Picard discusses Worf's situation with Crusher, and again lays out the Klingon viewpoint, but Crusher doesn't accept the suicide idea or that he can't live as he is. Riker visits Worf, having read up on the ritual, and says he will not be a part of it. He points out that technically the eldest son should do it, so if Worf is going to stubbornly stick to Klingon ways then Alexander should be the one to help him die. Worf can't ask that of Alexander. Later, when Alexander visits, Worf tells him that he's going to break with tradition and try to live by undergoing the operation. He might still die, but it wouldn't be suicide. Crusher reluctantly agrees to help with the procedure. Before the operation Worf asks Troi to raise Alexander if he doesn't make it.
In the operating theatre Drs Crusher and Russell basically remove Worf's spine and grow a new one, during the few hours before he experiences brain damage. There are some issues scanning the spine/DNA/something because of Klingon stuff. The new proto-spine is implanted and at first it seems OK, then things go wrong. Everything is tense as Worf flatlines, and Crusher tries drugs to revive him, going past dosages that even Russell would use. Crusher declares time of death. Alexander is told, and wants to see his father. As the boy cries Crusher notices Worf twitch and starts up the medical machines again. It turns out one of those Klingon spare parts has kicked in and Worf will liver after all.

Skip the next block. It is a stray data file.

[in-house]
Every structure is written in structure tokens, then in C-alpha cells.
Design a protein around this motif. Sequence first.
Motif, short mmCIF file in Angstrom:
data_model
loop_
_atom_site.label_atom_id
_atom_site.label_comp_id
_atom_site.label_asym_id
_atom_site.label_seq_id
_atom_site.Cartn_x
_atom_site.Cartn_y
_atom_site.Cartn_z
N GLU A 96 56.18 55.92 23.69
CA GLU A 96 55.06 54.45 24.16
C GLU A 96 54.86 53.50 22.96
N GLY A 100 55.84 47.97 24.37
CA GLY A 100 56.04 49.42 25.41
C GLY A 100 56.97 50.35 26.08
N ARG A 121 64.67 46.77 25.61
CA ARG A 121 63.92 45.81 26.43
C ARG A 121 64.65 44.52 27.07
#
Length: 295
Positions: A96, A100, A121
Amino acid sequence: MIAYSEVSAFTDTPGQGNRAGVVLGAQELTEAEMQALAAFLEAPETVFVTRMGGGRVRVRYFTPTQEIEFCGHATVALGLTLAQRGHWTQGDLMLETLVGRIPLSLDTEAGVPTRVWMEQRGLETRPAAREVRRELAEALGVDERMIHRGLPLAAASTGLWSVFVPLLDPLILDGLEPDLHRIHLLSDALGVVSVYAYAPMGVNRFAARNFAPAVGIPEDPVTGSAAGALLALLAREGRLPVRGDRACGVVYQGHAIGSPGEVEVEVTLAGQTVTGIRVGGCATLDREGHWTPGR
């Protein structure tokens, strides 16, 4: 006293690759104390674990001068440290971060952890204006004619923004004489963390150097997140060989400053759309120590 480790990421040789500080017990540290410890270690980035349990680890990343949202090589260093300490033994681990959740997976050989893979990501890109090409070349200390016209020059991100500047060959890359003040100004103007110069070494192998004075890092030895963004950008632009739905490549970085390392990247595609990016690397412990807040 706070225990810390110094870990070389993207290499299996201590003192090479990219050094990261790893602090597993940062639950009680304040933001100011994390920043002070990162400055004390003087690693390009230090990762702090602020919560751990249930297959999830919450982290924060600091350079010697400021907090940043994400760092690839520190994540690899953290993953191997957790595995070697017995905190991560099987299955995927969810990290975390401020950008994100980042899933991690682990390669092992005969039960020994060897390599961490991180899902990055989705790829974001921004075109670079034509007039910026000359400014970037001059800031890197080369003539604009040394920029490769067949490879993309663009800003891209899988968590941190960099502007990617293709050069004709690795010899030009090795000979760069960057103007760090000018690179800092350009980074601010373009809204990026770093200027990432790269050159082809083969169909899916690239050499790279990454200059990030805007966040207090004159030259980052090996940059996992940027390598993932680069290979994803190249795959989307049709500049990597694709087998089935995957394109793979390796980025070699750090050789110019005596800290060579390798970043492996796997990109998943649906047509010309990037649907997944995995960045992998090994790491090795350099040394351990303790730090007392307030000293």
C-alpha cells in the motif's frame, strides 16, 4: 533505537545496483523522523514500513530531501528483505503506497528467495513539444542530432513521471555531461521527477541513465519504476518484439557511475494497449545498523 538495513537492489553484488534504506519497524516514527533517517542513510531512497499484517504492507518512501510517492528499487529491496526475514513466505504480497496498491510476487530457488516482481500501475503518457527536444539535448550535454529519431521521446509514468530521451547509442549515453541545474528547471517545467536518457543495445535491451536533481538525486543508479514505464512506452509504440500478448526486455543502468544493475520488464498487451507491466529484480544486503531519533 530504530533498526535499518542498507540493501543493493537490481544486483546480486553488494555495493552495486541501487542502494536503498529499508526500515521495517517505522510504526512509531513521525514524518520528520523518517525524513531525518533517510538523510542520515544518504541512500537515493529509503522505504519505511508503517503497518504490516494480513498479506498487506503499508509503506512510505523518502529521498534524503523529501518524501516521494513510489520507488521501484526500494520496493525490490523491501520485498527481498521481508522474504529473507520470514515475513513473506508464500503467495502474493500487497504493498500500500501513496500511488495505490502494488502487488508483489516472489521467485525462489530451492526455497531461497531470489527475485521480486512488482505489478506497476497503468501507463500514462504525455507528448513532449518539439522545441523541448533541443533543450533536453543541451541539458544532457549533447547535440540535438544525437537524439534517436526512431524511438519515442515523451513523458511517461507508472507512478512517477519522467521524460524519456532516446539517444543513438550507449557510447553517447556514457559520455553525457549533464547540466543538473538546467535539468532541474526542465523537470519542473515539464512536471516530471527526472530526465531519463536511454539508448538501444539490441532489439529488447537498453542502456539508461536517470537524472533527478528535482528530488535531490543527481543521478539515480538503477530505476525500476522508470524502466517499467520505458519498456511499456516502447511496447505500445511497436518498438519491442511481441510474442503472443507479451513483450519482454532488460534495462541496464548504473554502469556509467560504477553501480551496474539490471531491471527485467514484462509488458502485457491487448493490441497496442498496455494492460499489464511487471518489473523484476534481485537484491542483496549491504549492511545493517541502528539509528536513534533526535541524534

Oh Captain, My Captain
Picard is mostly used as a debate partner for Riker and Crusher. Eloquence is his power and has been used a lot previously, but here he feels unusually detached. Of course he has concern for Worf, but his role as captain is immaterial and for once he has no decision to make and so the moral dilemma isn't his. He's a good choice for this role, Worf (and likely many other Klingons) can only see the shame of situation and the traditions they adhere to. Picard has an understanding of Klingon culture and values, while also knowing why Will and Beverley are so horrified. Picard can point out that Worf's culture adds an extra, awful psychological weight to his incapacitated state.